Idly surfing the web, I came upon this story in the Washington Post about the discovery of a so-called kilonova, the collision of two neutron stars one hundred thirty million years ago. There are many exciting details in the story, including the news that the observations confirm a claim made by Albert Einstein a century ago about gravitational waves. But what really caught my eye was the fact that the scholarly article announcing the discovery listed roughly 3,500 authors! The work was a world-wide collaboration, involving not only huge multi-million dollar arrays of equipment but enough scientists to staff the STEM departments of a dozen universities.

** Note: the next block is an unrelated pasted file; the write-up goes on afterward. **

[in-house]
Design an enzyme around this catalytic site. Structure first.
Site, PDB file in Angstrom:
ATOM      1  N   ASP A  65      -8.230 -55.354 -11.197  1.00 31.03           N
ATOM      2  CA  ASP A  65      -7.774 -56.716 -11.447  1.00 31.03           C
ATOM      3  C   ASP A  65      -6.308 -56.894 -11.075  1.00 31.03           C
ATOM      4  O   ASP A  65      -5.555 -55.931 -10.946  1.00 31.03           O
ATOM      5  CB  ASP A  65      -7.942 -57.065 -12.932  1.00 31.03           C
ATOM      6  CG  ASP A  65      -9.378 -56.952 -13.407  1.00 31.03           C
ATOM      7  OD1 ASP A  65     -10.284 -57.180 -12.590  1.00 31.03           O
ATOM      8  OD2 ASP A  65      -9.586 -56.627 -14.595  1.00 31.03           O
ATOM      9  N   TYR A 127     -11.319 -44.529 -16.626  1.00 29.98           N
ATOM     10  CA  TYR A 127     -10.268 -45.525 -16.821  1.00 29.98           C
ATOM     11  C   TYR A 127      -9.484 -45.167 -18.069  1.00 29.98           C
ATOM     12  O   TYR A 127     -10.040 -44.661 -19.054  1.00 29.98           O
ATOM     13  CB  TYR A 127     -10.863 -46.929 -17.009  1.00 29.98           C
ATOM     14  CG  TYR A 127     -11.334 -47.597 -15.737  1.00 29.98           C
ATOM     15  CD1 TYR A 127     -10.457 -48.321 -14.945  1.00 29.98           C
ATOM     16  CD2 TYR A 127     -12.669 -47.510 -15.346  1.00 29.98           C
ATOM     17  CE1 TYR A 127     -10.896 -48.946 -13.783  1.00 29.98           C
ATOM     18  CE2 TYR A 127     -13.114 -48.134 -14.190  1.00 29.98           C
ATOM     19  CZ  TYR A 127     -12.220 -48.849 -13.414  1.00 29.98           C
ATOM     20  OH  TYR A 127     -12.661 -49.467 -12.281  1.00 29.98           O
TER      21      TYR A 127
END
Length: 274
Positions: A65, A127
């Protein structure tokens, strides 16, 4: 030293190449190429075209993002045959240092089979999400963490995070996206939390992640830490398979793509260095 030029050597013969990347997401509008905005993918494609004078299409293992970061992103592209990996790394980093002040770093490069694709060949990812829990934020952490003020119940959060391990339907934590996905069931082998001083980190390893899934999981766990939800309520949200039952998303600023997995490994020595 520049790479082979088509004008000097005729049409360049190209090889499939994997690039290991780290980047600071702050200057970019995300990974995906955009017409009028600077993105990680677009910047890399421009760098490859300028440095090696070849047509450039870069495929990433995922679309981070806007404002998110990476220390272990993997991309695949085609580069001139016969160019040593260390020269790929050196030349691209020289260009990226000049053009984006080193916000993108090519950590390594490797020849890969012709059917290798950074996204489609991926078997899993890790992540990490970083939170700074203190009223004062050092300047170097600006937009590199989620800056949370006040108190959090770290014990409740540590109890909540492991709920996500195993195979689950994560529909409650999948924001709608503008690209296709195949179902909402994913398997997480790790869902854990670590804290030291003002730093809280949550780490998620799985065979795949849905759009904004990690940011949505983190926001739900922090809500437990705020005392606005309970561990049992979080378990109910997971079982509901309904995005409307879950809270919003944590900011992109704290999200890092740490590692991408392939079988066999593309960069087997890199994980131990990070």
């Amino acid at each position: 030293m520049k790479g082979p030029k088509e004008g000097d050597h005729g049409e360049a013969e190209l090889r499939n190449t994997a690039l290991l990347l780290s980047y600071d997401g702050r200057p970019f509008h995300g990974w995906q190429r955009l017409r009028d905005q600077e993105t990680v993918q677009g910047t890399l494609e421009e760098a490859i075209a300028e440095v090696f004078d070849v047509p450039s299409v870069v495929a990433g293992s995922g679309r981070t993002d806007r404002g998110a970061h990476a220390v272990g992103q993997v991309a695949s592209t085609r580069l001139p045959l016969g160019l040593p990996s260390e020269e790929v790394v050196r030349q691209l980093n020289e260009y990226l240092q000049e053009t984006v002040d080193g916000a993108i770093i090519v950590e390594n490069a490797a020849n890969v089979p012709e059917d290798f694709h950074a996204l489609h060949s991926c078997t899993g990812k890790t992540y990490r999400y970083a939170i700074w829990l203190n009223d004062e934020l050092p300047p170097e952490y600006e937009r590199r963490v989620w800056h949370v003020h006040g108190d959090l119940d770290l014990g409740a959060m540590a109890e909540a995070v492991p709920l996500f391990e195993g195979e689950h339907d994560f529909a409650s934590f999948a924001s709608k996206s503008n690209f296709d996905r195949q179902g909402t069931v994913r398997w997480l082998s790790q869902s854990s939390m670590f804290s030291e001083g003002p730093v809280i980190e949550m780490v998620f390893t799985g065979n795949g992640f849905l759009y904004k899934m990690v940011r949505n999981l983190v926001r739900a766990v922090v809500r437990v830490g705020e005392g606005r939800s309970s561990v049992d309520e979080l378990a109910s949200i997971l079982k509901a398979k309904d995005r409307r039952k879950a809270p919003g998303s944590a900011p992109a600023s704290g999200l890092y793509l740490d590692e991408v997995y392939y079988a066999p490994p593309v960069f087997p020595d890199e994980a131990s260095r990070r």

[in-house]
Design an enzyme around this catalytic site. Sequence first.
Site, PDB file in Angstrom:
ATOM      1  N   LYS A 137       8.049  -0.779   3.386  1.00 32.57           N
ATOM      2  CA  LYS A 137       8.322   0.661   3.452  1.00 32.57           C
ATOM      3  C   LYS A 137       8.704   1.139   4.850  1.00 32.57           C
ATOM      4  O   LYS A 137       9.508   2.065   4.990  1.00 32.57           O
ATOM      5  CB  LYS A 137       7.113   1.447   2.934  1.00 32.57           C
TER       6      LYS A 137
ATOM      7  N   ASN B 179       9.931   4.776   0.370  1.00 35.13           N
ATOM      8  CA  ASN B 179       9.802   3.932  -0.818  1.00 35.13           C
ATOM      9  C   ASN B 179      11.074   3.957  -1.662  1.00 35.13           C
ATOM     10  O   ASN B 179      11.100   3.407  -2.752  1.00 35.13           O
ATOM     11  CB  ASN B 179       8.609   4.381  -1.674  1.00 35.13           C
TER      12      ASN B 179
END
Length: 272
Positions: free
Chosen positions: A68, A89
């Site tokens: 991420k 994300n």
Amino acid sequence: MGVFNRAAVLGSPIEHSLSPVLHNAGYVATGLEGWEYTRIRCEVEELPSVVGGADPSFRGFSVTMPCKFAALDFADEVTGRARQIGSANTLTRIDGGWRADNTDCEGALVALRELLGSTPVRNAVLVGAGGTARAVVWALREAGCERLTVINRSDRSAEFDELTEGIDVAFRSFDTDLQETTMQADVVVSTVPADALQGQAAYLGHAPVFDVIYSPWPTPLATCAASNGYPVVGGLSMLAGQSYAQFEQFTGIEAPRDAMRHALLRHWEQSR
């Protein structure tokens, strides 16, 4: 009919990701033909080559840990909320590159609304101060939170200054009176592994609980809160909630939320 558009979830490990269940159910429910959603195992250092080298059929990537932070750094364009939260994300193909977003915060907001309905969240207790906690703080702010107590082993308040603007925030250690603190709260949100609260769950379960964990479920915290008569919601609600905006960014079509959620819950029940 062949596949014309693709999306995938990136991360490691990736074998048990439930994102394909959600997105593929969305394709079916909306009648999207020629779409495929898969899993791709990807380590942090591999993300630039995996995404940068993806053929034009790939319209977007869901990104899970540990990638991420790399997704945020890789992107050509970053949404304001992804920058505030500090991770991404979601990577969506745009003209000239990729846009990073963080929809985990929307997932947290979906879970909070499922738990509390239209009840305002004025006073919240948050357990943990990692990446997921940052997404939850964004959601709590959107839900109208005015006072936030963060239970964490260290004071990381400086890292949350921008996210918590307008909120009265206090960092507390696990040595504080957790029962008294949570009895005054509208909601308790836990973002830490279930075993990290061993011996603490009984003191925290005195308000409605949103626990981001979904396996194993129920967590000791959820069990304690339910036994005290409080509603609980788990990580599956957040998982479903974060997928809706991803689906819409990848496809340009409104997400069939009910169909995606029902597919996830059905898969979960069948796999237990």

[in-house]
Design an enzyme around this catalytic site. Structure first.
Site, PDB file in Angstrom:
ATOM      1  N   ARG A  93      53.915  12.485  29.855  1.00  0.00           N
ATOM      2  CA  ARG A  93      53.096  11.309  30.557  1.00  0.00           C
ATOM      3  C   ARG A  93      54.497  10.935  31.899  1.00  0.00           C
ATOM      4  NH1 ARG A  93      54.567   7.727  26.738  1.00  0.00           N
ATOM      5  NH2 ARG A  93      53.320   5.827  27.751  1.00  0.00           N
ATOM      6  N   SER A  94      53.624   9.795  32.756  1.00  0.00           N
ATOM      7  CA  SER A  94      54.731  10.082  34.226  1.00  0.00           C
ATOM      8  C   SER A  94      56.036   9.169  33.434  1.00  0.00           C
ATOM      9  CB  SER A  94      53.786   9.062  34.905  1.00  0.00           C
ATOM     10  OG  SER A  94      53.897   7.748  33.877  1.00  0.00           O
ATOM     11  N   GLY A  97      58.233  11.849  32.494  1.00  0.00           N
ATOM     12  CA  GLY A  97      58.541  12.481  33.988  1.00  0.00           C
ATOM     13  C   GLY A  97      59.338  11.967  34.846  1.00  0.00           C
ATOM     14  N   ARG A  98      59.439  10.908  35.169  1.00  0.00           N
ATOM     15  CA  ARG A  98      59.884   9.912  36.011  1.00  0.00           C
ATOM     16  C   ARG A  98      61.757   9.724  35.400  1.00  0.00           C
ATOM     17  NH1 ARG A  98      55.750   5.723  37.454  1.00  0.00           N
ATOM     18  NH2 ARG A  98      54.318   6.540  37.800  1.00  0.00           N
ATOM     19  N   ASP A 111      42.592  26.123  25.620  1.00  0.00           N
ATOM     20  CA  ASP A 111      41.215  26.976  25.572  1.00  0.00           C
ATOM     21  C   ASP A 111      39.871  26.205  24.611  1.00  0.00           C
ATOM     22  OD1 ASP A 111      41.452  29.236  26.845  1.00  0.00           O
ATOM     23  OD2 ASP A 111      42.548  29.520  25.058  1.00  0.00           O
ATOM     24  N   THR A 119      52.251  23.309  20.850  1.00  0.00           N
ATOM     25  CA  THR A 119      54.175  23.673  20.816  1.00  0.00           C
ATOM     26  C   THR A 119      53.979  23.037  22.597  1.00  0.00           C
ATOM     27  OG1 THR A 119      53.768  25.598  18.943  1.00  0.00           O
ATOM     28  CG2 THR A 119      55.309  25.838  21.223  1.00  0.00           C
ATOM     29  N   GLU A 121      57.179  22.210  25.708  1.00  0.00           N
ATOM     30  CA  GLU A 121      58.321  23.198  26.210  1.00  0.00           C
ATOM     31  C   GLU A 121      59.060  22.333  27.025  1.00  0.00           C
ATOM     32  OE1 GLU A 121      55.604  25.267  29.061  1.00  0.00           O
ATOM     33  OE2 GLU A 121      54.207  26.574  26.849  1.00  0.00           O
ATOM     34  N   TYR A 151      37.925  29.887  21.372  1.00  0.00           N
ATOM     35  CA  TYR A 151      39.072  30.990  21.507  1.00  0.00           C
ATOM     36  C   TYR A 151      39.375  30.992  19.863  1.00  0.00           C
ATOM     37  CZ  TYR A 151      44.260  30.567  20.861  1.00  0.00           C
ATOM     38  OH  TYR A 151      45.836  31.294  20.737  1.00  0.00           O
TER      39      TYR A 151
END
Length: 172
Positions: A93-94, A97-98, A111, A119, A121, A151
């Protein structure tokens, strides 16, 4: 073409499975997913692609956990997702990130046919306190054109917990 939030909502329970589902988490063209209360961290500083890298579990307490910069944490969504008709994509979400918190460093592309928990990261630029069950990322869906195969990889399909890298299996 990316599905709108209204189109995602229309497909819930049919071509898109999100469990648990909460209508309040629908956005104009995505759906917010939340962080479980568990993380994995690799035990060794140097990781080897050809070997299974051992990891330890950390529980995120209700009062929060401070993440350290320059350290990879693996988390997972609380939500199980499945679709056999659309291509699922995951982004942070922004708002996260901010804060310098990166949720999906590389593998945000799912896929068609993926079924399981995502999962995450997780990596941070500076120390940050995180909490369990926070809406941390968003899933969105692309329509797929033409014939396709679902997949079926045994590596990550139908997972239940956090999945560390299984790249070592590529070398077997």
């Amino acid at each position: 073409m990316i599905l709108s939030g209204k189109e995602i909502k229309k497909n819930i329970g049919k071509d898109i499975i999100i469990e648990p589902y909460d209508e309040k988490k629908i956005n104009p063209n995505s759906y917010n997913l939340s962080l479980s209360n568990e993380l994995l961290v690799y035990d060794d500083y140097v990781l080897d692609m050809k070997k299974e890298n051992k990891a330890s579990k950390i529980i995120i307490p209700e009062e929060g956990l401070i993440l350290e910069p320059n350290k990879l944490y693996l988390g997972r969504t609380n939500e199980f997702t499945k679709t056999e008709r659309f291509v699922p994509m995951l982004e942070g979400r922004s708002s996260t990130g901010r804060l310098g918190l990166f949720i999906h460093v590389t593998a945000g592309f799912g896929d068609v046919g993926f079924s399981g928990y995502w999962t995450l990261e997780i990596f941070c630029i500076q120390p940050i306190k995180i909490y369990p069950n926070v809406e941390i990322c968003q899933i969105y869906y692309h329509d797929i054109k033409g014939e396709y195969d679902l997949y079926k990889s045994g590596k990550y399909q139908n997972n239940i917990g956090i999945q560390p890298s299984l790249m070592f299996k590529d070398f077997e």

I thought of my tea with Bertrand Russell sixty-three years ago. He had been reported as saying that, had he to do it all over again, he would not have chosen philosophy as his field. I asked him what he would have chosen, and he said unhesitatingly, Physics.
This is where the forefronts of knowledge are, here and in Molecular Biology. The era of the research team in a laboratory headed by a senior scientist has given way to an entirely new stage of scientific development, one in which thousands collaborate.
I wish I were young enough to see how this will all play out.